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Press Release

First released by Wessex Archaeology on
Thursday October 16 2003

Hi-tech lasers throw light on Stonehenge secrets

The latest hi-tech laser equipment has unlocked more secrets of Europe’s best-known ancient monument, Stonehenge.

A team of computer experts and archaeologists used laser scanning on the stones for the first time and discovered carvings of two bronze axe heads.

The most hi-tech investigation of the monument to date was carried out in 2002-3 by a team from Wessex Archaeology of Salisbury, near Stonehenge, and Archaeoptics Ltd of Glasgow. A full account of their work is featured in today’s (Thursday) edition of British Archaeology.

The axes, both on one stone, are badly eroded and can not be seen with the naked eye. But by sweeping low-powered laser beams at the stones and analysing the data closely, a picture emerged.

The first newly-discovered carving is about 15 cm (6 inches) square and may possibly be two axes, one on top of the other; the other is about 10 cm (4 inches) by 8 cm (3 inches).

The team scanned only part of three of the sarsen stones and believe that a full scan of all the surviving 83 stones would reveal more ancient carvings.

Carvings of axes and a dagger were first found at Stonehenge 50 years ago, but they have never been fully surveyed or studied. The team scanned some of these known carvings and by comparing visually their results with a photograph taken in 1953 they suspect the carvings may have eroded since they were first found, possibly because of people touching them.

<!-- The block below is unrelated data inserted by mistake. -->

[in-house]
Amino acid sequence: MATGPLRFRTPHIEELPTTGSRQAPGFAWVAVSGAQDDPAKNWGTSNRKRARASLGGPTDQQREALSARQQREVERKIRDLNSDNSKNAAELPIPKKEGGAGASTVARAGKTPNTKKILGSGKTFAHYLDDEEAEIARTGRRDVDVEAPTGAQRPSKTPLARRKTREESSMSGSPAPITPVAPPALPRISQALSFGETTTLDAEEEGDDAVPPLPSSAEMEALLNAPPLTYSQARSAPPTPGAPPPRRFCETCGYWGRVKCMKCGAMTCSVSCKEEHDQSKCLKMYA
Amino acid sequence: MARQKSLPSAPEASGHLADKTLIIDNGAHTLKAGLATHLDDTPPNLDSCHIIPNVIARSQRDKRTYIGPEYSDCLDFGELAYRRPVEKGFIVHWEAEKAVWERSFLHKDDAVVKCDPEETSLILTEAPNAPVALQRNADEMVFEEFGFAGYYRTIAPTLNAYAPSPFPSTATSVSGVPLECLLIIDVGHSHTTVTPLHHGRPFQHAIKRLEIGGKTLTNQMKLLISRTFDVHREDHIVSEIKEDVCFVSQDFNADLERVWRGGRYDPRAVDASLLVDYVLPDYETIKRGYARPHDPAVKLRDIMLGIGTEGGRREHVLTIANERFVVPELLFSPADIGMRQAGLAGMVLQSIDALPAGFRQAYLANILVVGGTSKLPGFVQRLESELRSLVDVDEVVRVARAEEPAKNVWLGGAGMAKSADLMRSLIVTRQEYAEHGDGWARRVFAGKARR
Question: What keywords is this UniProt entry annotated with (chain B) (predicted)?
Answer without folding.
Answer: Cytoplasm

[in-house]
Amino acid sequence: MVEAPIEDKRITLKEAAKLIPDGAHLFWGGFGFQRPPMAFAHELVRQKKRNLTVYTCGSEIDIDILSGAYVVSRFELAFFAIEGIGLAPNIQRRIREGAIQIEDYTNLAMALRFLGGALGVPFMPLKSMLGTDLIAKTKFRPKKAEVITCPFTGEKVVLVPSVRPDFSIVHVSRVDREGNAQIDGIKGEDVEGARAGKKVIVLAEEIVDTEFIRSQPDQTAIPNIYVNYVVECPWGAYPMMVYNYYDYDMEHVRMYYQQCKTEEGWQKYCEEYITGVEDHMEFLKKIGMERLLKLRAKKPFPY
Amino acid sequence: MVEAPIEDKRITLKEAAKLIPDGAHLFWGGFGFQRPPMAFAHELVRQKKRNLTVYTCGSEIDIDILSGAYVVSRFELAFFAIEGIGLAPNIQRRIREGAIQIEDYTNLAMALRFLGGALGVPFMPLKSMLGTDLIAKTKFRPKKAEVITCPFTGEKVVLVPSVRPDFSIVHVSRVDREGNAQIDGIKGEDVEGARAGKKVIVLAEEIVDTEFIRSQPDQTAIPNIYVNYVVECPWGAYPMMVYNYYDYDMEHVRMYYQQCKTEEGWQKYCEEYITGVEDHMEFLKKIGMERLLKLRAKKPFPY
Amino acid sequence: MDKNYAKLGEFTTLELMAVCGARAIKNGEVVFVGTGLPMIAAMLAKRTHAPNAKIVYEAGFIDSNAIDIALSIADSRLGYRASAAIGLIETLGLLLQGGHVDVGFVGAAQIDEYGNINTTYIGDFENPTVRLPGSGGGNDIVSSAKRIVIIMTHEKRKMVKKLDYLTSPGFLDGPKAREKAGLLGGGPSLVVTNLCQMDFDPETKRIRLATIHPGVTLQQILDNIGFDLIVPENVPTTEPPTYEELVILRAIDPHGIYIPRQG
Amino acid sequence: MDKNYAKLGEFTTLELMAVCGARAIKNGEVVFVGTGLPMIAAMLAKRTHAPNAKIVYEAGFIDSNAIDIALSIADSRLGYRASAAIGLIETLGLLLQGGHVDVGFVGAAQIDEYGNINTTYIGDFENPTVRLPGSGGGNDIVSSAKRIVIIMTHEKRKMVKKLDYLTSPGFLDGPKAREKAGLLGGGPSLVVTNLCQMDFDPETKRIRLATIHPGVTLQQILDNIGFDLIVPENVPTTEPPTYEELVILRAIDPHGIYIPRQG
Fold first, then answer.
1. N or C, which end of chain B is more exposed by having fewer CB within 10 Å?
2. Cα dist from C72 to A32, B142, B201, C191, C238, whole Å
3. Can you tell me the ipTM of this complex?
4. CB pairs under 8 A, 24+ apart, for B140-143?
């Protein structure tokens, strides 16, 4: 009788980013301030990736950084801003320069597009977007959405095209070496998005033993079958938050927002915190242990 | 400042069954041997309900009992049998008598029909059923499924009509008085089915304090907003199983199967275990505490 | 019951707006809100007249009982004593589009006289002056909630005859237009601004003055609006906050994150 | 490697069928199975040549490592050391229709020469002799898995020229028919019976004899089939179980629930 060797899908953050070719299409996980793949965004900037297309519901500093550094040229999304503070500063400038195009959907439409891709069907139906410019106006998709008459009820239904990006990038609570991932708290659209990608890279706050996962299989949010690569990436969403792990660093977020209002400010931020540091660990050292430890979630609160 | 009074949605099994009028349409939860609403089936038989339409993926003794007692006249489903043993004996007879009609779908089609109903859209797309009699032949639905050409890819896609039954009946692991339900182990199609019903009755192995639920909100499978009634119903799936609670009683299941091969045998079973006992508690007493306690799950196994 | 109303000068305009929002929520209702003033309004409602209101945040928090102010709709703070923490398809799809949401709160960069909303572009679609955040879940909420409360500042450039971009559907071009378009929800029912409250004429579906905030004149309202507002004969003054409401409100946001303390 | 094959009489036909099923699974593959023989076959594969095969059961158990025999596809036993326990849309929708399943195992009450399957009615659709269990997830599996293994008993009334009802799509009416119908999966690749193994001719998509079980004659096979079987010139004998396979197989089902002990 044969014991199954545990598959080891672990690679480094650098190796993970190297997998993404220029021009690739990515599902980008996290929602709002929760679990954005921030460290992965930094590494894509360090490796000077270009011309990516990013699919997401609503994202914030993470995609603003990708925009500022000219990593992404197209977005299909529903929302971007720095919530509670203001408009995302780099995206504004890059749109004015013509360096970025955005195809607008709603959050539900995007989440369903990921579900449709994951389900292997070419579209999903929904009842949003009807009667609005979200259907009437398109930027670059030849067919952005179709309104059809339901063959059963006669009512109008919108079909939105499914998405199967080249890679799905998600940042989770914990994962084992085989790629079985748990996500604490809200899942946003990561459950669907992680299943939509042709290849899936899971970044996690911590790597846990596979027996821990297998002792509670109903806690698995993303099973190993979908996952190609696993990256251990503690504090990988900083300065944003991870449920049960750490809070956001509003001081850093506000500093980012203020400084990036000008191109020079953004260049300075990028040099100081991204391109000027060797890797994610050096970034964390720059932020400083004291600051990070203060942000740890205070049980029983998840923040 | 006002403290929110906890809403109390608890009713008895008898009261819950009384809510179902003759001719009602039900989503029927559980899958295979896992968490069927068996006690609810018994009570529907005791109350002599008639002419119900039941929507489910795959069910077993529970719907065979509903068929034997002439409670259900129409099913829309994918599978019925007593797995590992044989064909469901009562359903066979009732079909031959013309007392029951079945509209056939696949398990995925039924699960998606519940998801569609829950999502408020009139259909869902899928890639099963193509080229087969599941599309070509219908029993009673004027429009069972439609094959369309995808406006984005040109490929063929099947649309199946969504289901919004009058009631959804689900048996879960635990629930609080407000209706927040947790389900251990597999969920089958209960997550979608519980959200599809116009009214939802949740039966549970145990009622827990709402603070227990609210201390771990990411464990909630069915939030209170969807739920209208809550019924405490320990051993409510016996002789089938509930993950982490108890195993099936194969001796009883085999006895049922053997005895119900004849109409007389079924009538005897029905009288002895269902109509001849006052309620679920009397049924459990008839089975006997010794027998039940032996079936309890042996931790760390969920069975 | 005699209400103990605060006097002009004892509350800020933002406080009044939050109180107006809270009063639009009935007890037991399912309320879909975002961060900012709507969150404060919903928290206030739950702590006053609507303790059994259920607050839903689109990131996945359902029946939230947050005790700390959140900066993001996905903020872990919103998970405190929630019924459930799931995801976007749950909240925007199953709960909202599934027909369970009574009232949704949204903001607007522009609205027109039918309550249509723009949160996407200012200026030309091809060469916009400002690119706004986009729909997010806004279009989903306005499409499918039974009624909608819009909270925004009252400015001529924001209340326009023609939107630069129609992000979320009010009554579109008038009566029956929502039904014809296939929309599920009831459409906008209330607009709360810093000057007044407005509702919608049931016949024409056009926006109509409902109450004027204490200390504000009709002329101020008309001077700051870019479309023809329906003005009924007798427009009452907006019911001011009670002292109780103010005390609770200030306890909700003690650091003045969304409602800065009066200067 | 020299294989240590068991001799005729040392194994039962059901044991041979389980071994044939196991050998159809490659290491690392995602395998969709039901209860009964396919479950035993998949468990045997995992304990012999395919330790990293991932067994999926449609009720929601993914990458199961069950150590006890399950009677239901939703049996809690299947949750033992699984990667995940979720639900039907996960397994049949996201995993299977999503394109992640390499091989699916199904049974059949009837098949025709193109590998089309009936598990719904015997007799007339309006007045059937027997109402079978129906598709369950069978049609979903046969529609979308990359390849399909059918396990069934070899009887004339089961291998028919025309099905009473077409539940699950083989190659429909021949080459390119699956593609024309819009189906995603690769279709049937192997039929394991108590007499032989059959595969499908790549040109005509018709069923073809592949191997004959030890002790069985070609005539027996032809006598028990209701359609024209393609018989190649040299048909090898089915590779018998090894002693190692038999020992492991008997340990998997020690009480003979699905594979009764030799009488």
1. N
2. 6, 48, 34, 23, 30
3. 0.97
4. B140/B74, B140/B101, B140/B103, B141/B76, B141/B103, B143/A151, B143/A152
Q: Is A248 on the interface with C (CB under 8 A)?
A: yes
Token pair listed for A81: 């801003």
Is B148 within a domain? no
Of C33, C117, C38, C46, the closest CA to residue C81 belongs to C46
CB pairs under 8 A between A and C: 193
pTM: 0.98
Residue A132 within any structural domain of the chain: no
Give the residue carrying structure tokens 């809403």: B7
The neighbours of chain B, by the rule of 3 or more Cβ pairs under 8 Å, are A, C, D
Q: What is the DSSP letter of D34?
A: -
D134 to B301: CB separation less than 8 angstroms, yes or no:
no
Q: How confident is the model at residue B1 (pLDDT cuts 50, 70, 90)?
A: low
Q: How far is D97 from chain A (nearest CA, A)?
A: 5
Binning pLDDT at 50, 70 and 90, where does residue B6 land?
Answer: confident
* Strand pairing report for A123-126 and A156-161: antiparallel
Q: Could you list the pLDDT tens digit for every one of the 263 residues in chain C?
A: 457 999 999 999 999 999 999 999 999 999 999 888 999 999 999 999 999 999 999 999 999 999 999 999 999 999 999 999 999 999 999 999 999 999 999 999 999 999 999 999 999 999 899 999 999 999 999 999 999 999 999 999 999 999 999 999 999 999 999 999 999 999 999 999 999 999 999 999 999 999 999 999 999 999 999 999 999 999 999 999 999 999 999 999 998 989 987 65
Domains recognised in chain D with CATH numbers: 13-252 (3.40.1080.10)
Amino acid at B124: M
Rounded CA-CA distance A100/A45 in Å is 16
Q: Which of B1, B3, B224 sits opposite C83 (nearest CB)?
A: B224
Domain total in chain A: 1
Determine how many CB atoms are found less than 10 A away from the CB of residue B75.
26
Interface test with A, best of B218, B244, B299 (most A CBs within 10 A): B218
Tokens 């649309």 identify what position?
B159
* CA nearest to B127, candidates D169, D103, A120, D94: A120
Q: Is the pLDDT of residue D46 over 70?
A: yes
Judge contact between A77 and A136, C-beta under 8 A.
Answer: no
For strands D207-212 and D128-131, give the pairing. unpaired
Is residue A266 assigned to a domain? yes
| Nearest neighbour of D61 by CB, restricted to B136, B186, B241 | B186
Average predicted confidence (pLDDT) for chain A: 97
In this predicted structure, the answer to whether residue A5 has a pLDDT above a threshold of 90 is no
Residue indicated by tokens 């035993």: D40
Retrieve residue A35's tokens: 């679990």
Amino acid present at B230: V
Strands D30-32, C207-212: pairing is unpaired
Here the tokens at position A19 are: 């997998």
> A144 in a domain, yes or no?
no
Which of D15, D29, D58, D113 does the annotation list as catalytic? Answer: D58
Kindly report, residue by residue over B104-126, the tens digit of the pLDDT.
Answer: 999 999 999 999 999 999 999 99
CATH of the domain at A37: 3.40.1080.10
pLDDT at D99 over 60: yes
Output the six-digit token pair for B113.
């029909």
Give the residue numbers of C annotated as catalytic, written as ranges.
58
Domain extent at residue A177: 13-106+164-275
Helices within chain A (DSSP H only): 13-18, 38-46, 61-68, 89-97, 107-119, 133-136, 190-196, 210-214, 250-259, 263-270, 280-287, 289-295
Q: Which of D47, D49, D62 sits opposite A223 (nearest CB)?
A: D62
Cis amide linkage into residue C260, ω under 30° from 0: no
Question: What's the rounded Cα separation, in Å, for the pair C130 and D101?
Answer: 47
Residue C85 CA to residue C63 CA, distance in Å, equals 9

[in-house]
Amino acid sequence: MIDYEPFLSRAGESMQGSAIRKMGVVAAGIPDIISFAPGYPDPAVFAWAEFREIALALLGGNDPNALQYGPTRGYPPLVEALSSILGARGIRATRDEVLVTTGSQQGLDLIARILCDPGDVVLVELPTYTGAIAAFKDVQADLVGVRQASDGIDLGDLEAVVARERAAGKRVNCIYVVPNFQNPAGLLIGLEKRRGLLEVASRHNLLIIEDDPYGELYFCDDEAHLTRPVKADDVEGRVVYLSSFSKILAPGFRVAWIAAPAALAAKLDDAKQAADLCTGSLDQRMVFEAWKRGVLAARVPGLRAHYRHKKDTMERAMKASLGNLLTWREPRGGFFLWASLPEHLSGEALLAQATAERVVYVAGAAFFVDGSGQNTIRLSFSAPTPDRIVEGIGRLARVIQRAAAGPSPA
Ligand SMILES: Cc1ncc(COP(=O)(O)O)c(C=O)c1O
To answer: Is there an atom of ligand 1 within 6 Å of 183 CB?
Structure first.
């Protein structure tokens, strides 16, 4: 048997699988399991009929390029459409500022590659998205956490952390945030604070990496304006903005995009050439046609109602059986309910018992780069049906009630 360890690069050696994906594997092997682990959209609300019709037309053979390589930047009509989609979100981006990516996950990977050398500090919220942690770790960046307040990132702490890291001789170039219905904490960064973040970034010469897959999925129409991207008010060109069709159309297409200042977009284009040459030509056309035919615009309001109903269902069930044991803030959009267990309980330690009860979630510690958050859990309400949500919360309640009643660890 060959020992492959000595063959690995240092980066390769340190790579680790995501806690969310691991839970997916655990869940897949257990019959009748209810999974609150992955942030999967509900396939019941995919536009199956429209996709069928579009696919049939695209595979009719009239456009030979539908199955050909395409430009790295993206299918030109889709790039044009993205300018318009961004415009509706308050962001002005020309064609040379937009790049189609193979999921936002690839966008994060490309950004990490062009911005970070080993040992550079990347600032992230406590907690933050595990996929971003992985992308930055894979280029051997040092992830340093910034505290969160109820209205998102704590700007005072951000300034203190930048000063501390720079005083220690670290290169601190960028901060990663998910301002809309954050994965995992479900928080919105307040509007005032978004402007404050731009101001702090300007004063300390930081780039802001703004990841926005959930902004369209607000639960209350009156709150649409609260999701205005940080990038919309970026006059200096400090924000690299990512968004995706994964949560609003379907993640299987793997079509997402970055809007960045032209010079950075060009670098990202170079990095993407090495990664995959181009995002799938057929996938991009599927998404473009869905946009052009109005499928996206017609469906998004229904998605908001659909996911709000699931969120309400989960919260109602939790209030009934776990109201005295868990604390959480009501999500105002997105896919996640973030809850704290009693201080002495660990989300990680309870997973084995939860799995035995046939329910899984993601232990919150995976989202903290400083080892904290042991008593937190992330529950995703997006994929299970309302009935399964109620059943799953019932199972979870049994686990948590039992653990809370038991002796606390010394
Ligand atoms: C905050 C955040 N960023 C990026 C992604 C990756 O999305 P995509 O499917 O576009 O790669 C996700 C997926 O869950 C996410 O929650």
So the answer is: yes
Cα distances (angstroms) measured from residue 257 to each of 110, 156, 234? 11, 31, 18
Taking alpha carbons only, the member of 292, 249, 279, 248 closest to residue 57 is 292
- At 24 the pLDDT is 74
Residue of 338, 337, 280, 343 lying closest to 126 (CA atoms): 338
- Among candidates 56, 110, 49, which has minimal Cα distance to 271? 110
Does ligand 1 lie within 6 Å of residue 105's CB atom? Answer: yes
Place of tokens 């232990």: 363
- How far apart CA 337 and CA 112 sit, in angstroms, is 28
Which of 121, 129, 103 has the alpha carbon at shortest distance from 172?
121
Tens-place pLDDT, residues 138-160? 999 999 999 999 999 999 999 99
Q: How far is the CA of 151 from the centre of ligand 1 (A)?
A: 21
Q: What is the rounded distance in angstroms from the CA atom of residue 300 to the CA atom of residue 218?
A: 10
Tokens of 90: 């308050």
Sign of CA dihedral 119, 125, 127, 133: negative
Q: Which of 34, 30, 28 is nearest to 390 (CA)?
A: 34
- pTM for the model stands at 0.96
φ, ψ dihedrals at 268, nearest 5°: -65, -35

The stones at Stonehenge were put up in about 2,300 BC. The axes are of types made around 1,800 BC, so the carvings are likely to be five centuries younger than the stones. Their purpose is a mystery.

Axe carvings on other monuments from this time are associated with burials, such as the seven axes found on a stone burial cist (a box shaped stone structure) in Argyll, Scotland. This could indicate that Stonehenge was a place where the dead were commemorated, a theory backed by the many burial mounds found near the monument.

“The laser scanning has opened up a whole new way of seeing Stonehenge,” said Tom Goskar of Wessex Archaeology. “We spent an hour recording the data at the stones and we were astounded to discover two new carvings as a result. With more time we could uncover many more and make plainer the outline of some known carvings that are difficult to see.

“This would give us a much better idea of the extent of the carvings and help us achieve a greater understanding of the monument.

“It is exactly 50 years since the carvings on Stonehenge were first documented, and the new laser scanner is a fascinating way of using state-of-the-art technology to shed light on an ancient wonder.”

Alistair Carty of Archaeoptics said: “We have used 3D scanning previously to enhance badly weathered carvings on monuments, but never on details as fine as the Stonehenge axeheads. The possibility that other unknown carvings exist on the other stones is very exciting and may hopefully lead to a more complete interpretation of Stonehenge.”